To read this content please select one of the options below:

Women doctors, on working with each other

Uma Jogulu (Management Department, Monash University, Sunway, Malaysia)
Lavanya Vijayasingham (School of Business, Monash University, Sunway, Malaysia)

Gender in Management

ISSN: 1754-2413

Article publication date: 13 April 2015




This exploratory study aims to explore the perceptions and experience of women doctors on working with each other and draw attention to their ‘voice’ on this issue. The equivocal and limited nature of relevant literature piqued our curiosity on how women perceive working with each other in work settings, particularly within the medical profession.


Twelve women doctors within Australian public hospitals were interviewed through semi-structured informal interviews to “voice” their experiences and views on the comforts and discomforts of working with other women doctors. Their responses were compared to literature to determine similarities and uniqueness of their experiences to women in other settings.


Insights from the respondent’s perceptions and experiences highlight several constructive and negative aspects of working alongside women doctors. Social and psychological constructs of being a “woman” and being a “woman doctor” as well as systemic/cultural issues of the medical fraternity formed how the women in this series of interviews perceived and related to the women doctors they worked with.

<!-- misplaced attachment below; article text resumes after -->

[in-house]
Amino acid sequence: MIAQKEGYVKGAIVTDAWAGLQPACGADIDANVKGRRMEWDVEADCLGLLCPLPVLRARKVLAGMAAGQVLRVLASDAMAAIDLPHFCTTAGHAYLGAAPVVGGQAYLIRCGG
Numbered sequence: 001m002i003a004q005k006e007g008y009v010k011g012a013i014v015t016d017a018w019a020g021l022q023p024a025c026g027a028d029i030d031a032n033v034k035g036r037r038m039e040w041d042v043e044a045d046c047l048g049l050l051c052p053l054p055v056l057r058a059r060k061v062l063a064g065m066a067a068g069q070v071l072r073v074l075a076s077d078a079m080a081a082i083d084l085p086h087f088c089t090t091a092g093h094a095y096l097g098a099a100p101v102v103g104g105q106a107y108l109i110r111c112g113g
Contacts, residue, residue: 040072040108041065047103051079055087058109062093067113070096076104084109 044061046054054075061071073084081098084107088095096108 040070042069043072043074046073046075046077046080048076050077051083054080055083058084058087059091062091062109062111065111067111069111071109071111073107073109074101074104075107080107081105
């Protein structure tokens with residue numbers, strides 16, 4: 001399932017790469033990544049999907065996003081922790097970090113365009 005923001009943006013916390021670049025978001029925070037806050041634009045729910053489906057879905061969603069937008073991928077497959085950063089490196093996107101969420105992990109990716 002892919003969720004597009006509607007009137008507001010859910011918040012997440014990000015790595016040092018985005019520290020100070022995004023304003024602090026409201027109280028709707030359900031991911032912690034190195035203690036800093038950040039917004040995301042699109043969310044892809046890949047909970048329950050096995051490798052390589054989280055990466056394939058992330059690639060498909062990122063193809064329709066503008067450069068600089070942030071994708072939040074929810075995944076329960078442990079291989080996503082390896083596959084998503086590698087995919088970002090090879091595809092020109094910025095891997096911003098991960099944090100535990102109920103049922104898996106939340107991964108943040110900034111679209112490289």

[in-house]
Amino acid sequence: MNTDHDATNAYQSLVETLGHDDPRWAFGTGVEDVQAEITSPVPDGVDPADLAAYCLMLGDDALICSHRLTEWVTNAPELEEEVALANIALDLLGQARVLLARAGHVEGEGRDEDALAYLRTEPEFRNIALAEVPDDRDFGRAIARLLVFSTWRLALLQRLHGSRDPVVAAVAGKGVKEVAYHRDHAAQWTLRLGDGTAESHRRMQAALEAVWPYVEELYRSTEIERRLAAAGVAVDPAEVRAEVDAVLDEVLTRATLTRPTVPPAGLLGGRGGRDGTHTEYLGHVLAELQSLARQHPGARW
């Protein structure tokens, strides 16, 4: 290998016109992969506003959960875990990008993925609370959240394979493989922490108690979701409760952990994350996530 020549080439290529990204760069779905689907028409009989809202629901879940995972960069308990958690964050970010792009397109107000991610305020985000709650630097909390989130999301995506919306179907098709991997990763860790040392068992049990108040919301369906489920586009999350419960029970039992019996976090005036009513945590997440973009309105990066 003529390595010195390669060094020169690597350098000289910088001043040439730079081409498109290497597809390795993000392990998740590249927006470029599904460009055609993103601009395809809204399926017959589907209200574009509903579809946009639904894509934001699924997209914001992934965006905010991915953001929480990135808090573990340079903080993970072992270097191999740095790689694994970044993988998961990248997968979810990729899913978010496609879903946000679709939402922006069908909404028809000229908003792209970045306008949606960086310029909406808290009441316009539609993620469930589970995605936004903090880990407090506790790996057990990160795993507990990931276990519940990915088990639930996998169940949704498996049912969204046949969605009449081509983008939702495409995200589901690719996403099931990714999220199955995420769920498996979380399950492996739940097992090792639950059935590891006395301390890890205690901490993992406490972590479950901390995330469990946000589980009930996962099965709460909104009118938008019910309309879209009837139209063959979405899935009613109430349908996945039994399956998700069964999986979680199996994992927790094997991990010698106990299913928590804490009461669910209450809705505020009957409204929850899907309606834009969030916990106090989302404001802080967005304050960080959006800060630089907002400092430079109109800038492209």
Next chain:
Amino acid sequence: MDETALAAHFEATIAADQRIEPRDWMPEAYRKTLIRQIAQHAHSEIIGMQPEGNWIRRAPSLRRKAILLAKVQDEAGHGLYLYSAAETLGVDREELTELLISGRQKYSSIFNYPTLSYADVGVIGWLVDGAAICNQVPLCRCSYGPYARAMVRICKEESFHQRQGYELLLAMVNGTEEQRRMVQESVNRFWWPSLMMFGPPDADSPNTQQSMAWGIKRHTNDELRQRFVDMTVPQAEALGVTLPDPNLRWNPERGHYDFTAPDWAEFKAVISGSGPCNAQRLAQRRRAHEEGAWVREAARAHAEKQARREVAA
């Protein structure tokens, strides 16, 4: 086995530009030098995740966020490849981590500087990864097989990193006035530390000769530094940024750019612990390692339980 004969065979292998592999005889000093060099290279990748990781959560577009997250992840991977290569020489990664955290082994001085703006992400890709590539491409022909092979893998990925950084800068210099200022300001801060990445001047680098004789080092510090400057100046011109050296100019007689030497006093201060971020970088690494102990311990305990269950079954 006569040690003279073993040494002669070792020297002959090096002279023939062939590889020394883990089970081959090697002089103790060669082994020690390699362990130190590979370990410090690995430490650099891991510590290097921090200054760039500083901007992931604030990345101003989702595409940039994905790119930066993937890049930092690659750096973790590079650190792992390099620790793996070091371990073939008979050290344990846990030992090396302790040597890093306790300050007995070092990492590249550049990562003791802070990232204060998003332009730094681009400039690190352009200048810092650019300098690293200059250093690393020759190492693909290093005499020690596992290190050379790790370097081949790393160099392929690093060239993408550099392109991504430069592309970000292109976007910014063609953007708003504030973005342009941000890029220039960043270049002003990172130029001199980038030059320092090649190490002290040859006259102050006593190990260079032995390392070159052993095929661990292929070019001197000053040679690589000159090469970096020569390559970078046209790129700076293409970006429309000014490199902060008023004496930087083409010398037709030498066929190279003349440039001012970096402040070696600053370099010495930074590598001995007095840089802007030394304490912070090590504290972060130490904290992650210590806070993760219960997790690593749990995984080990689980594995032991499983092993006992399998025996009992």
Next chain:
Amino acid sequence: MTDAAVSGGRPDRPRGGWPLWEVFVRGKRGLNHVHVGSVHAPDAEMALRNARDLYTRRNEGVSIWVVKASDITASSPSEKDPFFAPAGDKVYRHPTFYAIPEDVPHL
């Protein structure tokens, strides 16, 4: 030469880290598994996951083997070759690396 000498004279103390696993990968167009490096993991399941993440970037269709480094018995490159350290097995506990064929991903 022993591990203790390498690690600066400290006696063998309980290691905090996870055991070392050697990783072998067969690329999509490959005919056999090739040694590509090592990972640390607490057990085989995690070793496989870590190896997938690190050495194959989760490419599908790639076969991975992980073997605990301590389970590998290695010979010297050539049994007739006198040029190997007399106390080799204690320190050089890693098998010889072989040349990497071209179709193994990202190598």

Research limitations/implications

This exploratory provides initial insights into the experiences of women doctors on working with each other. Many themes identified have been explored in other settings. Hospital as a workplace, presents many similar work dynamics when considering the work interactions of women in other settings. This study should be used to drive more rigorous enquiry and a larger sample size.

Practical implications

The working relationships women build with each other influence individual careers and organizational outcomes. Understanding the dynamics that improve and hinder the development of constructive work relationships between women can strengthen women-focused managerial and organizational policies and practices.


The consolidation of literature coupled with the exploratory insights of this research contributes to a limited depth of existing literature not only in the medical profession, but in other industries and settings as well.



Jogulu, U. and Vijayasingham, L. (2015), "Women doctors, on working with each other", Gender in Management, Vol. 30 No. 2, pp. 162-178.



Emerald Group Publishing Limited

Copyright © 2015, Emerald Group Publishing Limited

Related articles